But diplomats said the United States was heading the search for a compromise to enable the discussions, part of the Arab-Israeli peace process, to be finalised later in the day with an agreed statement on meeting again.
An Israeli delegation member, General Freddy Zach, told reporters his country wanted rights to use water in the West Bank and Gaza to be studied in bilateral talks with the Palestinians, which began in Washington on Tuesday. 'This meeting is to look at ways we can increase the amount of water available in all of our region . . . If we concentrate on the rights question here it will not bring us more water,' he said.
But a senior Palestinian official, Abu Ala, said water rights 'are at the basis of any kind of co-operation between the parties . . . that is why we say this is the first step that must be accepted.'
Israel draws half its water from the springs and rivers in the occupied territories, and Palestinians argue this leaves them only one-tenth of the water supply to which they have a right.
The talks opened on Tuesday as one of five sets of multilateral negotiations set up at the end of 1991, when the troubled peace process got under way. The session was due to finish yesterday with an agreed document. Jointly sponsored by the US and Russia, the talks involve most Arab countries and delegations from many other nations and international organisations that have offered to help in easing the region's water shortage.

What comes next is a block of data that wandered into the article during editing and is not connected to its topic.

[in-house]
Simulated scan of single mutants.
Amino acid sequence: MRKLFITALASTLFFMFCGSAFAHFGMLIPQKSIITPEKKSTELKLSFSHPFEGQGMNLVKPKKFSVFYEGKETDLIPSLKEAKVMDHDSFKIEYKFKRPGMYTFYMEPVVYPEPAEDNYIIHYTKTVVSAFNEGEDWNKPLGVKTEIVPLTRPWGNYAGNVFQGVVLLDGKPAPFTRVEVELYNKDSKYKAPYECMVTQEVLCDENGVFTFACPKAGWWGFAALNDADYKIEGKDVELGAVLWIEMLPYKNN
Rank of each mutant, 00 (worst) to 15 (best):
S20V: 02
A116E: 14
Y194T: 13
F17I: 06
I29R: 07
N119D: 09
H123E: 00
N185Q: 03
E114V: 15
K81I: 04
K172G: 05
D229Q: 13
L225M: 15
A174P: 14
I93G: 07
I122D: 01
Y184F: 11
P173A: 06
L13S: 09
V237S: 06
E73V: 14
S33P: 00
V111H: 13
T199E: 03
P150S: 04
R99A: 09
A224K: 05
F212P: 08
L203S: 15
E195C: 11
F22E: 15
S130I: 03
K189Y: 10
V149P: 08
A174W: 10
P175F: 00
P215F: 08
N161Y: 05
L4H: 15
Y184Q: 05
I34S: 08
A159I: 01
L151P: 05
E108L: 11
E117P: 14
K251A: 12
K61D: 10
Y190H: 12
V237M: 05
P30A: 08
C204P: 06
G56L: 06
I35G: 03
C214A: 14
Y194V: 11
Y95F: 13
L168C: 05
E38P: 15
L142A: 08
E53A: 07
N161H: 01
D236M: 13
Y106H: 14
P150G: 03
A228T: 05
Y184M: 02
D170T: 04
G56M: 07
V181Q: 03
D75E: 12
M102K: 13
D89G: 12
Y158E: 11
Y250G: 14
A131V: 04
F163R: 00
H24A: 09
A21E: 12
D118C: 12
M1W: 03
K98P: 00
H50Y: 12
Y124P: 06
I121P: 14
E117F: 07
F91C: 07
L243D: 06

Over the first two days, participants said, desalination and similar projects were proposed by several countries, while the World Bank presented the meeting with a study on the overall economic benefits of water preservation.
The Palestinian demand for a neutral international mission of experts to be nominated by the meeting and to visit the occupied territories was presented at the opening session. The delegation chief, Riyad el-Khoudary, said this and other Israeli measures easing Palestinian access to water would enable his people 'to become an active and willing participant in regional co-operation on water resources'.
Gen Zach, co-ordinator for the multilateral peace talks at the Israeli Defence Ministry, said yesterday his delegation could accept a decision for the meeting to send a consultant study mission to the region to look at the whole water issue.
Mr Abu Ala, co-ordinator for the Palestine Liberation Organisation, said he believed a solution could be achieved. 'Since the Americans are full partners in the peace process, we hope they will use their position to push both parties in the peace process to a compromise.'
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